David Berkowitz wrote:
I hope I am not mixing terms, but when I wrote "very sharp pictures", it was image quality to which I was referring.
Wouldn't an 8 mega pixel in a super soom deliver as good a picture quality as a dslr with the same pixel count? Aren't the lenses on the better quality compacts at least very good?
I note that some of the older cameras, such as the Canon S3 IS and XT generally get better praise for picture quality than the newer versions. Why would that be? Although to be fair, I haven't read all the reviews on this forum, but this seems to be the case on at least two others.
I have looked at the D40, but I was hoping to get one lens to cover my shooting, looking at the 18-200, but there isn't one for that model. In order to utilize such a wide range, I need to move up to the D80.
A few weeks ago, I've posted a review
of a nice compact, the Canon Ixus 75. You can see there a comparison on noise levels between that camera and a Nikon D40.
Simply put, my Nikon D40 (6 mega pixels) delivers much better images than my Canon Ixus 75 (7 mega pixels). That's both in terms of noise level and quality. Noise levels are higher on compacts, because they have smaller sensors. The smaller the sensor, the higher the noise. A DSLR has the advantage of having a bigger sensor.
A typical DSLR zoom lens has over a dozen elements (the actual "lenses"). These elements obviously have a bigger diameter than those on a compact. So, better image quality. High end zoom lenses have elements that are made of special materials, that give them even better quality, or are used to correct what little aberrations there are. And you can change the lens on a DSLR, if you want to, to fit a particular purpose (portrait, macro, telephoto, etc).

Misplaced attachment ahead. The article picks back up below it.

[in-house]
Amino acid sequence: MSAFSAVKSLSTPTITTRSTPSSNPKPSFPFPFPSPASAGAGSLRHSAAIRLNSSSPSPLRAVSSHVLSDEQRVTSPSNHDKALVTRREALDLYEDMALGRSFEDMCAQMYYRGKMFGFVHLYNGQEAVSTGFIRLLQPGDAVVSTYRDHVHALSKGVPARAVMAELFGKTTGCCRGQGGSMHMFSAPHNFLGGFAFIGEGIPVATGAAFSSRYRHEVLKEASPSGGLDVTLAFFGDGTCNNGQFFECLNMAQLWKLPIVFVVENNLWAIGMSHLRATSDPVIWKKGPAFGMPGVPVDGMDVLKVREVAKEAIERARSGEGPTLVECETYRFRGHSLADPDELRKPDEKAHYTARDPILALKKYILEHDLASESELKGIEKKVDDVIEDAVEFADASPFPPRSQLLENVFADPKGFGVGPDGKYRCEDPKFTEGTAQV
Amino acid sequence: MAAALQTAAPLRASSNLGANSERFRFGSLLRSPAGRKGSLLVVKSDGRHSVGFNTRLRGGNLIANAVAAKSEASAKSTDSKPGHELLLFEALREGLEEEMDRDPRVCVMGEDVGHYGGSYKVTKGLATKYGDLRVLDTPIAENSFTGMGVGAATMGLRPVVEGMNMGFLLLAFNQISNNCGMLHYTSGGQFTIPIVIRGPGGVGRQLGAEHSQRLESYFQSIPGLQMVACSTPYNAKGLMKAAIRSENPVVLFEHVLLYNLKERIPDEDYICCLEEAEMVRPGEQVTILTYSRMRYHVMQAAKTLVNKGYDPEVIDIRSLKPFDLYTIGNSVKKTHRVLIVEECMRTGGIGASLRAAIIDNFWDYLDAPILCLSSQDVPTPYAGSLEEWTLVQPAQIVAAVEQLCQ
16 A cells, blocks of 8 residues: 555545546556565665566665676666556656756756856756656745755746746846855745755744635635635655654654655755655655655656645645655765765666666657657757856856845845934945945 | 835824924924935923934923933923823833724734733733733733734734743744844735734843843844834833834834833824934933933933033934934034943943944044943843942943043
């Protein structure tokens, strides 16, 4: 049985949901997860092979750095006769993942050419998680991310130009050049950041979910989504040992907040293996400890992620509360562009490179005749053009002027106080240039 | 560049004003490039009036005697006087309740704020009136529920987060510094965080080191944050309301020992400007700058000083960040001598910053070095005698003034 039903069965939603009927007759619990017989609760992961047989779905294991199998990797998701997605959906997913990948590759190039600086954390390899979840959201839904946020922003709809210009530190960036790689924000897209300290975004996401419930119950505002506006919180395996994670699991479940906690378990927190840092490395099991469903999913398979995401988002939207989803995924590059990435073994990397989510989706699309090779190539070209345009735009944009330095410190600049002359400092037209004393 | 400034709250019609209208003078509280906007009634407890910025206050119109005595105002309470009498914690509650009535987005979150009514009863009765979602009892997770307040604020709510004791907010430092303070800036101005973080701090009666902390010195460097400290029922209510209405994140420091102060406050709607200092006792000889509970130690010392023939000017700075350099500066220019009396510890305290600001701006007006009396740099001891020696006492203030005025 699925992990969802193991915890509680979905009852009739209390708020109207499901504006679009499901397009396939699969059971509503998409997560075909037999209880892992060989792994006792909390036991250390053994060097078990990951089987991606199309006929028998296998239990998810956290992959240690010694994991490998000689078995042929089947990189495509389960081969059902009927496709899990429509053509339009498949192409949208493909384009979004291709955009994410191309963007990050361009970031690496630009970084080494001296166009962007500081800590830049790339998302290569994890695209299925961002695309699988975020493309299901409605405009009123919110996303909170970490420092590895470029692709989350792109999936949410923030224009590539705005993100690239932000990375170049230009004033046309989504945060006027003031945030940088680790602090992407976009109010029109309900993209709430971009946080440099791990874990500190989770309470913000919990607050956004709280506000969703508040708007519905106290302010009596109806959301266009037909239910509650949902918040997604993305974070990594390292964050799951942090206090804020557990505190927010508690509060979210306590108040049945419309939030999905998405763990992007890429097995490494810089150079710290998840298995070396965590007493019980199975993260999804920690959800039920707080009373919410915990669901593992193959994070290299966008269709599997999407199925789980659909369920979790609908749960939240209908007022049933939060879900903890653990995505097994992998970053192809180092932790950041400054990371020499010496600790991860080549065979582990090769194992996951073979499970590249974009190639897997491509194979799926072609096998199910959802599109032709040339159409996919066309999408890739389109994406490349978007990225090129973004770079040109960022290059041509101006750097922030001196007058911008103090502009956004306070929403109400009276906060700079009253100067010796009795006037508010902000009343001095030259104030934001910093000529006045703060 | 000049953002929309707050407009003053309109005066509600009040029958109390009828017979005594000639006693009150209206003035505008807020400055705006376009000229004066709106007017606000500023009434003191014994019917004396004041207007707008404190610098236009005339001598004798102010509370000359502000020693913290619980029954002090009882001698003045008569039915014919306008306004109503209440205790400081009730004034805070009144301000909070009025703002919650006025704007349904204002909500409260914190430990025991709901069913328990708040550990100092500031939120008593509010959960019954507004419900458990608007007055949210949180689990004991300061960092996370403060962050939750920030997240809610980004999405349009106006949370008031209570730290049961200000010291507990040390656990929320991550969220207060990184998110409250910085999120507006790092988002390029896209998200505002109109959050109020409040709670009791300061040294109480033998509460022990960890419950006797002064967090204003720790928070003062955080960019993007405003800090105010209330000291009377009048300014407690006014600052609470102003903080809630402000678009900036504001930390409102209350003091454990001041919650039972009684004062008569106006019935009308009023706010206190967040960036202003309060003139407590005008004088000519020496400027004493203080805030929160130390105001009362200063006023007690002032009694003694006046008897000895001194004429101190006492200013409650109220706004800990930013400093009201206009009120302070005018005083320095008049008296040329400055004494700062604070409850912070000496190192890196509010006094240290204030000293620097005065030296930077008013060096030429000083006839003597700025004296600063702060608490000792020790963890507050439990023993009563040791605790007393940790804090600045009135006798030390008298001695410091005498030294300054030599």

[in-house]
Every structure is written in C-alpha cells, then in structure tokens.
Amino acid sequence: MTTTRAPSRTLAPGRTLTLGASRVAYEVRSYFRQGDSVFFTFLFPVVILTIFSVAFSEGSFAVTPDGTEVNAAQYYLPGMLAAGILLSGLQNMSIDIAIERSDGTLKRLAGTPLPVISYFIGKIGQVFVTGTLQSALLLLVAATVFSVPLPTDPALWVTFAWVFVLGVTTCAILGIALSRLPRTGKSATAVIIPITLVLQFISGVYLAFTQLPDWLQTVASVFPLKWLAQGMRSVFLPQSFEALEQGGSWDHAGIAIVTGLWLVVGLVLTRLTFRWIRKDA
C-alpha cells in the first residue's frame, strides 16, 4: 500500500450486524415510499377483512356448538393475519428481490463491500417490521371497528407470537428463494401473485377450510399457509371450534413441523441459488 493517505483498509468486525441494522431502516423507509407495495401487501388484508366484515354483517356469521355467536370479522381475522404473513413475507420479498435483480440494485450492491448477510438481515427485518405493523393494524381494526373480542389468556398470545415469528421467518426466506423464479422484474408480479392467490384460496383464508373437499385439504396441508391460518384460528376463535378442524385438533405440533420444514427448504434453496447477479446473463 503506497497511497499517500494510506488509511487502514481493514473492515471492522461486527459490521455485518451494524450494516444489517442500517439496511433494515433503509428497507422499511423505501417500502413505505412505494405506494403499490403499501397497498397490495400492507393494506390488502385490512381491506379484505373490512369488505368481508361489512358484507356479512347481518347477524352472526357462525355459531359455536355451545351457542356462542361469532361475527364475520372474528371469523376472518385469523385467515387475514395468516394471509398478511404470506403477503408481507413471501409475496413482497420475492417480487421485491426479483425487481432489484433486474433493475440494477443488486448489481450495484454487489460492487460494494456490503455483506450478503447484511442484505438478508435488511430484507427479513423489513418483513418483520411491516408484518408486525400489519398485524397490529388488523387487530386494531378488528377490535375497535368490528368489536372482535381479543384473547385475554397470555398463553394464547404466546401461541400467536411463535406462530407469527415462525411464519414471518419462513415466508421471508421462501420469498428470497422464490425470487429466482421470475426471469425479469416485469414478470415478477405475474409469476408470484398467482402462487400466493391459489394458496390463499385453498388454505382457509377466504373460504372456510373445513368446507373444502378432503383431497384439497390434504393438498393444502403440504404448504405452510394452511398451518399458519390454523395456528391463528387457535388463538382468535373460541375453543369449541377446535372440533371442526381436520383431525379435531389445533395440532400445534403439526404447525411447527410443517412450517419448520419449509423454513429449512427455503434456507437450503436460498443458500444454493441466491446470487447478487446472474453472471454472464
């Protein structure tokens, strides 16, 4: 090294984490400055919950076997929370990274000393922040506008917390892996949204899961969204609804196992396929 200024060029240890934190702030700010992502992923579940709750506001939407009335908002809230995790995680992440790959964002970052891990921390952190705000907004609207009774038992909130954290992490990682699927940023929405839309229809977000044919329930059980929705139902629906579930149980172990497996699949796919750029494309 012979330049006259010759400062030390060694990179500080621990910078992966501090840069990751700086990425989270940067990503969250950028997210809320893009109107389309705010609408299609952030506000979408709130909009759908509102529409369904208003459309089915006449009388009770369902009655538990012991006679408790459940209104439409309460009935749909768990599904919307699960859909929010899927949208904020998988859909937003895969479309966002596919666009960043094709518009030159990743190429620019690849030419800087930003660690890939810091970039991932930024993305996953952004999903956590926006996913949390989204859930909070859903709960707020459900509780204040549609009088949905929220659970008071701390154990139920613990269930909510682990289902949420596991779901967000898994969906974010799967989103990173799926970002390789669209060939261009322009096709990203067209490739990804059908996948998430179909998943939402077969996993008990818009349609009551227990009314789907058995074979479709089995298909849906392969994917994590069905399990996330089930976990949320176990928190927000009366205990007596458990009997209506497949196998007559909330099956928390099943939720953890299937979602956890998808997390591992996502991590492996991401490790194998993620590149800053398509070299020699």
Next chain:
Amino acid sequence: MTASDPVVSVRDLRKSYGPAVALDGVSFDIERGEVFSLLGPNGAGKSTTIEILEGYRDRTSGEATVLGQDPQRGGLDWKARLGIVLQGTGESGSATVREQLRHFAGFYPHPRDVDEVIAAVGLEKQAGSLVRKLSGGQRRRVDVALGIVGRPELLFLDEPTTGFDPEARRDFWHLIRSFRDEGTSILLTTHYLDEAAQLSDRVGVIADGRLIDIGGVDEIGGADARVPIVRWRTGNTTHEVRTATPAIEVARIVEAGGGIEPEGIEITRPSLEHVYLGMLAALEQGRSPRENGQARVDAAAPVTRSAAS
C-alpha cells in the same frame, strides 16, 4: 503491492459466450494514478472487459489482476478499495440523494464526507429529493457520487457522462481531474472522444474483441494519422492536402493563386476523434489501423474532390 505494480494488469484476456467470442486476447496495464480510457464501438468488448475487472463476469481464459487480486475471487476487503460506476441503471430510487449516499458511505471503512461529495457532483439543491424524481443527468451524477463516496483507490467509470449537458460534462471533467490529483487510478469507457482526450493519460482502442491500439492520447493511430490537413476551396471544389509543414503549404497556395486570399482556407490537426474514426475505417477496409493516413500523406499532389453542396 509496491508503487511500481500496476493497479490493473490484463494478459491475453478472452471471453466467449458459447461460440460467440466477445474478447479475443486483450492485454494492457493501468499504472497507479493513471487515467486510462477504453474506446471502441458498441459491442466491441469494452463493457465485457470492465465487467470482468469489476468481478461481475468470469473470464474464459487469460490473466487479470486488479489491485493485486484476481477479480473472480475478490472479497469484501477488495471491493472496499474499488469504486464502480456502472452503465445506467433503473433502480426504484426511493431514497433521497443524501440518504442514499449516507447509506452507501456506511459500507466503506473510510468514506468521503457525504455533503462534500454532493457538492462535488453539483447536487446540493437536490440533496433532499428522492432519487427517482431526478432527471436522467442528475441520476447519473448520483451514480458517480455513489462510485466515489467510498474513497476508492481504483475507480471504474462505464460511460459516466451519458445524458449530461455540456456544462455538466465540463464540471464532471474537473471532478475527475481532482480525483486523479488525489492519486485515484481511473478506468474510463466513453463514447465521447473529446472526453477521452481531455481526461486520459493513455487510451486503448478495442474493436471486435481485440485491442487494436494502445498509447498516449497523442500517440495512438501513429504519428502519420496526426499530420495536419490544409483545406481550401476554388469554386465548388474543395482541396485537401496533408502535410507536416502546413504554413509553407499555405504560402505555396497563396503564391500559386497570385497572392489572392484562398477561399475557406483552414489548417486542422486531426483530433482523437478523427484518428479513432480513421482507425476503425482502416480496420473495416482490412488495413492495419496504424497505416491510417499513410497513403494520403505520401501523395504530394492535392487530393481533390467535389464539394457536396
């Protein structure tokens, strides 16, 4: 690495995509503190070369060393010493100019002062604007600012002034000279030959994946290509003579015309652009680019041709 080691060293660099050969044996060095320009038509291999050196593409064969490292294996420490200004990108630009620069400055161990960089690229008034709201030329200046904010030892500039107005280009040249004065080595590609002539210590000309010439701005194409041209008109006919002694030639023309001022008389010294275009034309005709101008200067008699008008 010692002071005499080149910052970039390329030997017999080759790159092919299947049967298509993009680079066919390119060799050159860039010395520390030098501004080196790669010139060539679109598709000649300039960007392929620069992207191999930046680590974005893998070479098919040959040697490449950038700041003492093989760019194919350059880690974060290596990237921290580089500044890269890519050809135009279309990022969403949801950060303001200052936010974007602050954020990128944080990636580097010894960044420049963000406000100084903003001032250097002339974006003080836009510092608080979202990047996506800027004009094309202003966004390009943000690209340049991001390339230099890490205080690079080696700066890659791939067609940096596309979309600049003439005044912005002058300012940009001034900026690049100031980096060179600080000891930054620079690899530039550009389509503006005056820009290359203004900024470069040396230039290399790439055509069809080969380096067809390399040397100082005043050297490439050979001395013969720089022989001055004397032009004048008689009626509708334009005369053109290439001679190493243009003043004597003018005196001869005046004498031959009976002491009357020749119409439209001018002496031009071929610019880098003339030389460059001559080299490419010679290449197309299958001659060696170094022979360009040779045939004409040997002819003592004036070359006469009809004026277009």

One problem you will notice on a compact and not on a DSLR - or at least to a much lesser degree - is chromatic aberration
Then there is the issue of depth of field. With a compact, you're stuck at having a very wide depth of field
You mention not being able to use the D40 and the VR 18-200
together? I have that setting and use it without any problems.
I find one disadvantage on my D40, though. And that's that when I go out to take a few pictures to an interesting location, tourists keep asking me to take a picture of them with their compacts. People assume someone with a DSLR "knows what he's doing".